Bing ad for NordVPN leads to SecTopRAT

Most of the malicious search ads we have seen have originated from Google, but threat actors are also abusing other search engines. Microsoft Bing is probably the second best target due to its close ties to the Windows ecosystem and Edge browser.

In this blog post, we look at a very recent malvertising campaign impersonating the popular VPN software NordVPN. A malicious advertiser is capturing traffic from Bing searches and redirecting users to a decoy site that looks almost identical to the real one.

The threat actors went ever further by trying to digitally sign a malicious installer as if they were the official vendor. Victims will have the impression they are getting NordVPN as it is part of the package, but will also inadvertently install a Remote Access Trojan known as SecTopRAT on their computer.

We have reported the malicious Bing ad to Microsoft, and other parts of the distribution infrastructure to their respective provider. We want to reiterate that NordVPN is a legitimate VPN provider and they are being impersonated by threat actors.

Fraudulent Bing ad

When searching for “nord vpn” via the Bing search engine, we identified a malicious ad that impersonates NordVPN. The ad itself looks suspicious because of the URL in the ad snippet. The domain name nordivpn[.]xyz was created one day ago (April 3, 2024). It was probably chosen as it looks quite similar to the official name and can deceive users who aren’t looking too closely.

image 5e12e1

As we often see, the ad URL is simply used as a redirection mechanism to a fake website that is meant to look identical to the one being impersonated. This is true here as well, where we have a redirect to besthord-vpn[.]com (note again the spelling chosen with the ‘h‘ looking like an ‘n‘) which was created today, only a few hours ago.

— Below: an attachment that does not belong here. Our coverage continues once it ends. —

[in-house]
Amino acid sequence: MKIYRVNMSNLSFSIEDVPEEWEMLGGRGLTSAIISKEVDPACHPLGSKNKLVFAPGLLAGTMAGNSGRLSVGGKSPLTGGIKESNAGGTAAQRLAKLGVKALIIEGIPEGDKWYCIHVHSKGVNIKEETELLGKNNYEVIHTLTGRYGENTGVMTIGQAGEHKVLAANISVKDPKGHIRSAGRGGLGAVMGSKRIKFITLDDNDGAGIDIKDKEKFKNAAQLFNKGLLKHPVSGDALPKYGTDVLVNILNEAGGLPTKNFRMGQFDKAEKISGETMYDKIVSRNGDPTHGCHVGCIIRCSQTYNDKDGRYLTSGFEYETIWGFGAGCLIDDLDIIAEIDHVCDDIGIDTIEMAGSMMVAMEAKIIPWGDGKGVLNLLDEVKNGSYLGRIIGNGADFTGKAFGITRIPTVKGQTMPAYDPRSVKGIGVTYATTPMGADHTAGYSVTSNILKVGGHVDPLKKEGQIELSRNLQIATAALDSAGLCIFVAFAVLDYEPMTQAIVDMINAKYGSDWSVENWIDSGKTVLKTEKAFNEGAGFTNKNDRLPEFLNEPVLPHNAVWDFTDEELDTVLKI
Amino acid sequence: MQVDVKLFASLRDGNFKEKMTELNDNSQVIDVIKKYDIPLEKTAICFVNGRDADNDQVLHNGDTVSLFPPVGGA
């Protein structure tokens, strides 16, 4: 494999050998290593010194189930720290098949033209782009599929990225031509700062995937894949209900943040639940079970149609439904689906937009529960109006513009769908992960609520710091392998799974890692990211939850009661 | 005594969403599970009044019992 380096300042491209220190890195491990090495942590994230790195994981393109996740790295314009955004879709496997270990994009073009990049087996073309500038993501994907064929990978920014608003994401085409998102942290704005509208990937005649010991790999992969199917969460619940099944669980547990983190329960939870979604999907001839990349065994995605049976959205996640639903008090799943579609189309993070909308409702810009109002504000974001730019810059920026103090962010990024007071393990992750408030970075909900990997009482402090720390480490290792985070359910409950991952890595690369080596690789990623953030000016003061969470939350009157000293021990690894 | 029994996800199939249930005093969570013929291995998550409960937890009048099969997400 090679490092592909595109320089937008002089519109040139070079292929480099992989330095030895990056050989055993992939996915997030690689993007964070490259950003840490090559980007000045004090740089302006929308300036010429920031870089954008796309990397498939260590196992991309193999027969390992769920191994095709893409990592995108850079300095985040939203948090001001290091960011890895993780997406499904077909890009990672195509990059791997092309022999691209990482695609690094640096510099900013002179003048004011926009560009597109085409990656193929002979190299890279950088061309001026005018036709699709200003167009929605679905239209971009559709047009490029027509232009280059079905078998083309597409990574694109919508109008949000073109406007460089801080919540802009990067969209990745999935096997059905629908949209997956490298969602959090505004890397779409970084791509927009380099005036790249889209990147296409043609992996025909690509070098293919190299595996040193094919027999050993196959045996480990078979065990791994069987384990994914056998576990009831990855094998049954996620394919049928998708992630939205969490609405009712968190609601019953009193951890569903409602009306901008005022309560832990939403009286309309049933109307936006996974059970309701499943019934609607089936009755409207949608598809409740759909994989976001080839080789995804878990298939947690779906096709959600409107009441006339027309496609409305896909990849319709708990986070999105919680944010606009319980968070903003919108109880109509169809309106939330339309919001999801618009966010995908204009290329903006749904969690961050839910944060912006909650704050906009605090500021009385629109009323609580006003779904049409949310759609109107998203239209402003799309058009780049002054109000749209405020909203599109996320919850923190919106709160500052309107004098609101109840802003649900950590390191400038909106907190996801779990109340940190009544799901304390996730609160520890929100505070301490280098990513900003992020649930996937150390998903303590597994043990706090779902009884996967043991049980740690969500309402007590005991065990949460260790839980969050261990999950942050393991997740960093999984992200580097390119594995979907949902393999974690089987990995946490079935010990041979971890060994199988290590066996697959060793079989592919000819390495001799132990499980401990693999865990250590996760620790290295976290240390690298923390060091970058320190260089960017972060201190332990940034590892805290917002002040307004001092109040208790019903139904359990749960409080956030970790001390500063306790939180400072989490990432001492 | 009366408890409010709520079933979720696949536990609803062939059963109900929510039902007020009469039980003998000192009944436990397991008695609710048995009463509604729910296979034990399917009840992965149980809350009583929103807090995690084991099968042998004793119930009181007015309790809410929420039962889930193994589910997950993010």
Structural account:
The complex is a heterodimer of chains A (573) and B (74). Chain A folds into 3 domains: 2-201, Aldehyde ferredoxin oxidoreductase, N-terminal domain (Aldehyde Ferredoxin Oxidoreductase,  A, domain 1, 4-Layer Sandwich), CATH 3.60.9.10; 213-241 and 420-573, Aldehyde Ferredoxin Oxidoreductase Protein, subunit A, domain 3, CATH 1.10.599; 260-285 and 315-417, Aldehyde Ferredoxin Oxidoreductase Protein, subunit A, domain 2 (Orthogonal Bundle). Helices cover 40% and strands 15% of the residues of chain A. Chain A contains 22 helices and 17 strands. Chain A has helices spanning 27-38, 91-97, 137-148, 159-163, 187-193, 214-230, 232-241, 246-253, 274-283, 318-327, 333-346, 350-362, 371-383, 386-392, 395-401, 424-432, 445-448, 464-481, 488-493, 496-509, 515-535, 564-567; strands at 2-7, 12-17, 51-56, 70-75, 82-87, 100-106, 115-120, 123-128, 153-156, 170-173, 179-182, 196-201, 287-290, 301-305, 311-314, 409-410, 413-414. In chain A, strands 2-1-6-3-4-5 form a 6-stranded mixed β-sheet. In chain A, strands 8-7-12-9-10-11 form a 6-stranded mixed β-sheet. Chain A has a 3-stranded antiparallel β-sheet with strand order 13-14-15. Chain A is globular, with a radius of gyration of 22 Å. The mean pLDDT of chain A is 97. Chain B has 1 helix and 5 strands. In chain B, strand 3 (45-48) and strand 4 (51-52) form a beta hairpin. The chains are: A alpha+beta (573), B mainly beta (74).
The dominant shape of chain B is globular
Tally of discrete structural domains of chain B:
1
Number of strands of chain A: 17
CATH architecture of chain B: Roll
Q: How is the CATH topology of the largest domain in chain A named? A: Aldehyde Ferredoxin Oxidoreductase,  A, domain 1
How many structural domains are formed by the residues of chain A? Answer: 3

image c0e161

The website looks incredibly convincing, and victims will be tricked into downloading the app from there. Unlike the legitimate NordVPN that goes through a sign up process, here you can directly download the installer from Dropbox.

Here’s a summary of the traffic flow from the malicious ad to the download link:

image 7066c9

Malware payload

The downloaded file is called NordVPNSetup.exe and is digitally signed, as if it was from its official vendor; however, the signature is not valid.

image 116712

The file contains both an installer for NordVPN and a malware payload. The installer for NordVPN is meant to give victims the illusion that they are actually installing a real file.

image fd7969

The payload is injected into MSBuild.exe and will connect to the malware author’s command and control server at 45.141.87[.]216 on port 15647.

image 8a1cc2

That network traffic is detected by Emerging Threats as Arechclient2 Backdoor, an alias for SecTopRAT.


Malvertising continues to show how easy it is to surreptitiously install malware under the guise of popular software downloads. Threat actors are able to roll out infrastructure quickly and easily to bypass many content filters.

ThreatDown customers who have DNS Filtering can proactively block online ads by enabling the rule for advertisements. This is a simple, and yet powerful way to prevent malvertising across an entire organization or in specific areas.

The malicious ad and related indictors have been reported as we work with industry partners to take down this campaign. Dropbox has already taken action to take down the malicious download.

Indicators of Compromise

Malicious domains


Fake NordVPN installer


SecTopRAT C2